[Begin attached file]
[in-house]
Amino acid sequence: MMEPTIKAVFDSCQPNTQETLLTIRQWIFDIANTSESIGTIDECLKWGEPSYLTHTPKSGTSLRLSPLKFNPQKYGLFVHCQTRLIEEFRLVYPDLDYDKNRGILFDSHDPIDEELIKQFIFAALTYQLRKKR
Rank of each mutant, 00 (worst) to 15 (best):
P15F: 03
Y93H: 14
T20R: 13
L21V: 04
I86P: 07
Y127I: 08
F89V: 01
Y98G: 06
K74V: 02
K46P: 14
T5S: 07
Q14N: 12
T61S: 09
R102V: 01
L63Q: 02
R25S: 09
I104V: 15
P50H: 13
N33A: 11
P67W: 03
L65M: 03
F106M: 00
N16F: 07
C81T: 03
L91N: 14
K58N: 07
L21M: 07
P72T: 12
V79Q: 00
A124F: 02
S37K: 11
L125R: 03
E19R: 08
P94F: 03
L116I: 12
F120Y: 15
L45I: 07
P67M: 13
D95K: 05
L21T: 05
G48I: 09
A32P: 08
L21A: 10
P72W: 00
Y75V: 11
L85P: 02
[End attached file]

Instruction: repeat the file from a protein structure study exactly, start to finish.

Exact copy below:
[in-house]
Amino acid sequence: MMEPTIKAVFDSCQPNTQETLLTIRQWIFDIANTSESIGTIDECLKWGEPSYLTHTPKSGTSLRLSPLKFNPQKYGLFVHCQTRLIEEFRLVYPDLDYDKNRGILFDSHDPIDEELIKQFIFAALTYQLRKKR
Rank of each mutant, 00 (worst) to 15 (best):
P15F: 03
Y93H: 14
T20R: 13
L21V: 04
I86P: 07
Y127I: 08
F89V: 01
Y98G: 06
K74V: 02
K46P: 14
T5S: 07
Q14N: 12
T61S: 09
R102V: 01
L63Q: 02
R25S: 09
I104V: 15
P50H: 13
N33A: 11
P67W: 03
L65M: 03
F106M: 00
N16F: 07
C81T: 03
L91N: 14
K58N: 07
L21M: 07
P72T: 12
V79Q: 00
A124F: 02
S37K: 11
L125R: 03
E19R: 08
P94F: 03
L116I: 12
F120Y: 15
L45I: 07
P67M: 13
D95K: 05
L21T: 05
G48I: 09
A32P: 08
L21A: 10
P72W: 00
Y75V: 11
L85P: 02